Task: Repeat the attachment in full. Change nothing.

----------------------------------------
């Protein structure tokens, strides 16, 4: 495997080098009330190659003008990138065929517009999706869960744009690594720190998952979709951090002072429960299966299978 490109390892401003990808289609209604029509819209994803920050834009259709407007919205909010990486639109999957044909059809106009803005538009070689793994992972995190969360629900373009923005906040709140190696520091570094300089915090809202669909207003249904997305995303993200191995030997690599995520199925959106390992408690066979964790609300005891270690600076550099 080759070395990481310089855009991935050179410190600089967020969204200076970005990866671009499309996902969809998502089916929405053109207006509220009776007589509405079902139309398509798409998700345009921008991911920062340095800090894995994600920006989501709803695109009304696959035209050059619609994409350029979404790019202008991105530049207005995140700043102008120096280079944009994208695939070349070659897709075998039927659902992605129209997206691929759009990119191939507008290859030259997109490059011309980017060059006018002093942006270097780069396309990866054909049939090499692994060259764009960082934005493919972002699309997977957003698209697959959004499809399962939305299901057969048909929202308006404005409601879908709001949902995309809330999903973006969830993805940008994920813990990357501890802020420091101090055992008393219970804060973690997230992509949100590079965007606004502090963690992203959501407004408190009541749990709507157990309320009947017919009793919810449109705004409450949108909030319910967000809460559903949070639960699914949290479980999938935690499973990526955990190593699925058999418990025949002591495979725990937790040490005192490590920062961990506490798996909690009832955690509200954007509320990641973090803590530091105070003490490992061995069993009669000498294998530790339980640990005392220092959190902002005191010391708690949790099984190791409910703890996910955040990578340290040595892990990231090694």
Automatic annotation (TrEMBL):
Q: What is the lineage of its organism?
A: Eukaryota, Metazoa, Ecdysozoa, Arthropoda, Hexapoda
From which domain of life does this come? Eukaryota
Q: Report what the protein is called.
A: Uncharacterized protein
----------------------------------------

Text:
């Protein structure tokens, strides 16, 4: 495997080098009330190659003008990138065929517009999706869960744009690594720190998952979709951090002072429960299966299978 490109390892401003990808289609209604029509819209994803920050834009259709407007919205909010990486639109999957044909059809106009803005538009070689793994992972995190969360629900373009923005906040709140190696520091570094300089915090809202669909207003249904997305995303993200191995030997690599995520199925959106390992408690066979964790609300005891270690600076550099 080759070395990481310089855009991935050179410190600089967020969204200076970005990866671009499309996902969809998502089916929405053109207006509220009776007589509405079902139309398509798409998700345009921008991911920062340095800090894995994600920006989501709803695109009304696959035209050059619609994409350029979404790019202008991105530049207005995140700043102008120096280079944009994208695939070349070659897709075998039927659902992605129209997206691929759009990119191939507008290859030259997109490059011309980017060059006018002093942006270097780069396309990866054909049939090499692994060259764009960082934005493919972002699309997977957003698209697959959004499809399962939305299901057969048909929202308006404005409601879908709001949902995309809330999903973006969830993805940008994920813990990357501890802020420091101090055992008393219970804060973690997230992509949100590079965007606004502090963690992203959501407004408190009541749990709507157990309320009947017919009793919810449109705004409450949108909030319910967000809460559903949070639960699914949290479980999938935690499973990526955990190593699925058999418990025949002591495979725990937790040490005192490590920062961990506490798996909690009832955690509200954007509320990641973090803590530091105070003490490992061995069993009669000498294998530790339980640990005392220092959190902002005191010391708690949790099984190791409910703890996910955040990578340290040595892990990231090694």
Automatic annotation (TrEMBL):
Q: What is the lineage of its organism?
A: Eukaryota, Metazoa, Ecdysozoa, Arthropoda, Hexapoda
From which domain of life does this come? Eukaryota
Q: Report what the protein is called.
A: Uncharacterized protein